The hotly awaited October 2012 jobs report, released by the US Department of Labor's Bureau of Labor Statistics, announced this morning,
"Total nonfarm payroll employment increased by 171,000 in October, and the unemployment rate was essentially unchanged at 7.9 percent... Employment rose in professional and business services, health care, and retail trade."
The addition of 171,0000 jobs in October is higher than the year's average, 157,000 jobs a month since January 2012. When compared to October 2011, job growth is up by 59,000 jobs from 112,000 jobs last year.
The strongest sector of job creation was in professional and business services with 51,000 jobs added since last month. Retail trade placed second with 36,400 jobs added. This is to be expected as many retailers have started hiring in preparation for the holiday season. The leisure and hospitality industry added 28,000 jobs last month, the third highest sector of growth. Construction jobs were up 17,000 since last month, suggesting that the housing market is improving, albeit slowly.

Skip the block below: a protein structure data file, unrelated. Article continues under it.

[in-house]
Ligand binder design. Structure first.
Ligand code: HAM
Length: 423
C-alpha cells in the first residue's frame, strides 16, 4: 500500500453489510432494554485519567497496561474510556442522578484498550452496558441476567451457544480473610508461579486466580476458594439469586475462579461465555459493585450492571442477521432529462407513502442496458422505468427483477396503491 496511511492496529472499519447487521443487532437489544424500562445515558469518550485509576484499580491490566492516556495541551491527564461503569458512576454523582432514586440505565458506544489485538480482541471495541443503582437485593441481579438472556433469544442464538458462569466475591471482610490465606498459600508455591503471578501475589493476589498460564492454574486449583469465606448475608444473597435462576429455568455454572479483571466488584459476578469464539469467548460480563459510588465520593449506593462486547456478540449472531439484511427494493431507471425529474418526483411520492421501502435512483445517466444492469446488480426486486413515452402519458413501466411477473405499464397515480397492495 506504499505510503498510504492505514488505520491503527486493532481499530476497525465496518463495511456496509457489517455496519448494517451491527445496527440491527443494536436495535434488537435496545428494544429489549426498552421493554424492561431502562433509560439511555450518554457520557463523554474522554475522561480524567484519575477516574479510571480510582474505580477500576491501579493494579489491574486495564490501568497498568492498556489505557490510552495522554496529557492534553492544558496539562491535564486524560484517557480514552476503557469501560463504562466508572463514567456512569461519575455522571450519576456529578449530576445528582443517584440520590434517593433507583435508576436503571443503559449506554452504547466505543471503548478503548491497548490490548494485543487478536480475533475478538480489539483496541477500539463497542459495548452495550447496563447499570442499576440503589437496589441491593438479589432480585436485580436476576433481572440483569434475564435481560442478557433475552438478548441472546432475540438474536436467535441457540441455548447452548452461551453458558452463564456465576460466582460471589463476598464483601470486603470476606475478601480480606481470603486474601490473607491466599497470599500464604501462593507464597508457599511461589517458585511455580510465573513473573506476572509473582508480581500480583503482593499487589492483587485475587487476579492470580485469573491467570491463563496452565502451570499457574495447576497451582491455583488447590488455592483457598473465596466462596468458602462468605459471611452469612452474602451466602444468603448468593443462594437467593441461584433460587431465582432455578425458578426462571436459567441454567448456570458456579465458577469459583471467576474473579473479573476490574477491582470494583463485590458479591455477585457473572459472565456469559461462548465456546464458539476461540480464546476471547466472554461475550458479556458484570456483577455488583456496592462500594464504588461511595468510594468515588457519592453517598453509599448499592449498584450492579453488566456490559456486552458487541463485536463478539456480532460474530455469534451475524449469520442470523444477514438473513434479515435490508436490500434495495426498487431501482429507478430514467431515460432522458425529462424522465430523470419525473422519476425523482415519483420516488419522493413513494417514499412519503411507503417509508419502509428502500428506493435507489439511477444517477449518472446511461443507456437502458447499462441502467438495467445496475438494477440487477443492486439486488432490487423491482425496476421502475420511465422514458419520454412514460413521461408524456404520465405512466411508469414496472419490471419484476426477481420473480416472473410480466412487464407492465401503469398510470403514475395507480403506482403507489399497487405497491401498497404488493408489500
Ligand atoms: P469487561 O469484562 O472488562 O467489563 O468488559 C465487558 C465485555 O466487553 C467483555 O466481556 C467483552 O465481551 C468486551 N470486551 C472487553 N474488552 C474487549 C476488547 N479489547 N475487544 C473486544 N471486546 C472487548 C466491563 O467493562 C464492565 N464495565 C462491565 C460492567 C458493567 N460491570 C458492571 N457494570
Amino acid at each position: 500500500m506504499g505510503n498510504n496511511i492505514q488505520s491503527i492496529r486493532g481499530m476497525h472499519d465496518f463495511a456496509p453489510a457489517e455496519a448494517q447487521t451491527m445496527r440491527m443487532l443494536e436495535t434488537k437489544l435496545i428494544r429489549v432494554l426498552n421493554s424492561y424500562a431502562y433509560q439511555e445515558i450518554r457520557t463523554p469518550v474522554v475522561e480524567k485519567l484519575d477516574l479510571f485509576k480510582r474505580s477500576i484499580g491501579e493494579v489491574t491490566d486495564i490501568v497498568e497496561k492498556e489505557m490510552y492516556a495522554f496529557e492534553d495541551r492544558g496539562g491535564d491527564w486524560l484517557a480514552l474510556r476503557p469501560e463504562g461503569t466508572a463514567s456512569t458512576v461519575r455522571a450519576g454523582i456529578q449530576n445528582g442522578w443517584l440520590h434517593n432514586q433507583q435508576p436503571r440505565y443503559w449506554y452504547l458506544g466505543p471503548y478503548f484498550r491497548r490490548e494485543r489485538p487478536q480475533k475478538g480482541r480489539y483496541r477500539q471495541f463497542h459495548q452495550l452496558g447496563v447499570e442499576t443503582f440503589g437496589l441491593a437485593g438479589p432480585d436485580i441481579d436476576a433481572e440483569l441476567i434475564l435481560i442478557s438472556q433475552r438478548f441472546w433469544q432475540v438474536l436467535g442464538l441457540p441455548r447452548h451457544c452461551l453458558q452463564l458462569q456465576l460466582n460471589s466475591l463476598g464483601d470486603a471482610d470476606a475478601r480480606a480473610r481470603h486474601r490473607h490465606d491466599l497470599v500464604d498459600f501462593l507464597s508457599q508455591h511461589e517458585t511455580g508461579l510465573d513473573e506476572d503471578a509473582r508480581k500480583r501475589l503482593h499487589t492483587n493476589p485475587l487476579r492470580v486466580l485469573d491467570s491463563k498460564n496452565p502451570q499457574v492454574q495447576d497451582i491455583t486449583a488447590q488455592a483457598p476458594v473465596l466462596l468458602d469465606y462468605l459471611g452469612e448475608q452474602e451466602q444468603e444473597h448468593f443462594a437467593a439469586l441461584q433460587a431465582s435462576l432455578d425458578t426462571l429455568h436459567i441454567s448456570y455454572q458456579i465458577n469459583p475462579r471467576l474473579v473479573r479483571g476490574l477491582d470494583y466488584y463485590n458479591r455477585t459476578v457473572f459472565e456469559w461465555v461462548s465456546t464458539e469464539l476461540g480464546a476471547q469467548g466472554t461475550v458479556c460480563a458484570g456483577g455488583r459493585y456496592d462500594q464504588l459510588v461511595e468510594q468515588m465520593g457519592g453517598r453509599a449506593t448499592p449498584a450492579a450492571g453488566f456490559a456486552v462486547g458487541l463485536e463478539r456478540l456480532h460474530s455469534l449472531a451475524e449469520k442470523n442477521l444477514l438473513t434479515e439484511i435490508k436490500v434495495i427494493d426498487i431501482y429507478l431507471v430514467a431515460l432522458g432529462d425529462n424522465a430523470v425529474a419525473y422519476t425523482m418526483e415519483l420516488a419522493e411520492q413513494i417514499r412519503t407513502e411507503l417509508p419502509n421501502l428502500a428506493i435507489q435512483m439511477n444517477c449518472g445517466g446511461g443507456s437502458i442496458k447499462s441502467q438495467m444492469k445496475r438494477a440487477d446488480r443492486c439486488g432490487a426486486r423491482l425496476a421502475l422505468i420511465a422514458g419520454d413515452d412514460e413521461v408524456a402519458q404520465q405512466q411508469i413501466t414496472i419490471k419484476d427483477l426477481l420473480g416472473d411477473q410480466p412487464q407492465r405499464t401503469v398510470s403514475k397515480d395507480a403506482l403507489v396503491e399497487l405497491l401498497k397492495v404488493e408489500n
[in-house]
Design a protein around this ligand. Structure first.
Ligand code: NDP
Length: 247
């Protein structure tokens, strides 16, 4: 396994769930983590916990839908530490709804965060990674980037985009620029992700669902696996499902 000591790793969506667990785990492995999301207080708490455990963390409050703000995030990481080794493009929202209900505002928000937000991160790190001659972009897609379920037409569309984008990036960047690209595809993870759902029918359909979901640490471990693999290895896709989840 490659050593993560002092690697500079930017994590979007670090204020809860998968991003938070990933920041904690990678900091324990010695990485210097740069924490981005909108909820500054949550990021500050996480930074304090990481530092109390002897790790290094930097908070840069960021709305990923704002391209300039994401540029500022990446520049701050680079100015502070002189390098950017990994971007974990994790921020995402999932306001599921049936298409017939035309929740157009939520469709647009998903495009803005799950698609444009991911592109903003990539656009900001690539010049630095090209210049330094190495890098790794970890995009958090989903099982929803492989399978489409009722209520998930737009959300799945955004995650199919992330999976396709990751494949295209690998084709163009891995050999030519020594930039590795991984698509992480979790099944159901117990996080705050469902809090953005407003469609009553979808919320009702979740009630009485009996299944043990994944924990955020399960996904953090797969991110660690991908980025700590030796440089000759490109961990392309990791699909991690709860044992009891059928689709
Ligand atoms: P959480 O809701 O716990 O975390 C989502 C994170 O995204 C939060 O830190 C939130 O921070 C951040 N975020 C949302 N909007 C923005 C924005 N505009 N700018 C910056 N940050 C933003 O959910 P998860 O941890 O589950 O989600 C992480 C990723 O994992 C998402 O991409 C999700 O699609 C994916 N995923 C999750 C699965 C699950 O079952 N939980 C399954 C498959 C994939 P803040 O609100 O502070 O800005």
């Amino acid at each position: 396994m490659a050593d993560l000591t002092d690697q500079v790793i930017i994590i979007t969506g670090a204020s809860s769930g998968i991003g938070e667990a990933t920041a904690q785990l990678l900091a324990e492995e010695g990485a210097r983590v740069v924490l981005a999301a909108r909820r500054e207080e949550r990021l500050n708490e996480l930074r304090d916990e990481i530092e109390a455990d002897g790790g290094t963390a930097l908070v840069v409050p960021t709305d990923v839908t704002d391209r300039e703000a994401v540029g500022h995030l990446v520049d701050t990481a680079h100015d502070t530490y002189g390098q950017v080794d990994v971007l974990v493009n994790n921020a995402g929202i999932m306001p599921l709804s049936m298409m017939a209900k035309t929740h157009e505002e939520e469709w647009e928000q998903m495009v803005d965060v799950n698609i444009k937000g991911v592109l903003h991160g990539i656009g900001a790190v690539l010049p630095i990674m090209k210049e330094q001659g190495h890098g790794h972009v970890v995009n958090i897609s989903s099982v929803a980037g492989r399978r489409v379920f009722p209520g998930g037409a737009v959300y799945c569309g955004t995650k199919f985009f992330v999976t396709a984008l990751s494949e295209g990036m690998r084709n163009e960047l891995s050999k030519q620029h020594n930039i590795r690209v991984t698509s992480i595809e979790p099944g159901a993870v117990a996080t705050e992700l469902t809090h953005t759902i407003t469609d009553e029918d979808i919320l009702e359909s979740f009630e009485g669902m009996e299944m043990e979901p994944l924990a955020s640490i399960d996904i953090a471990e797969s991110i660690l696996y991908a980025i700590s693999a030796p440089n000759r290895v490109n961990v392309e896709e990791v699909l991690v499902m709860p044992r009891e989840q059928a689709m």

Government and mining/logging were the only general sectors to lose jobs, as state government and oil/gas extraction sub categories were hit the hardest. Aside from hiring, the October 2012 jobs report also analyzed changes in the unemployment rate by race/gender and the number of discouraged workers.
The unemployment rate in September was 7.8 percent and is now up to 7.9 percent, possibly due to a swathe of previously discouraged workers now returning to look for work.
"Among the marginally attached, there were 813,000 discouraged workers in October, a decline of 154,000 from a year earlier (These data are not seasonally adjusted.) Discouraged workers are persons not currently looking for work because they believe no jobs are available for them. The remaining 1.6 million persons marginally attached to the labor force in October had not searched for work in the 4 weeks preceding the survey for reasons such as school attendance or family responsibilities."
When broken down by race, the unemployment rate increased for blacks almost 1% up to 14.3 percent. From previous months, the unemployment rate for whites, Latinos, and Asians has remained unchanged: 7%, 10%, and 4.9% respectively. These figures show a general downward trend from October 2011.
This could be a signal that Americans are starting to see light at the end of the tunnel in terms of job opportunities. However, it remains to be seen if job creation will continue to grow after the holiday season, when many seasonal workers turn elsewhere for income opportunities.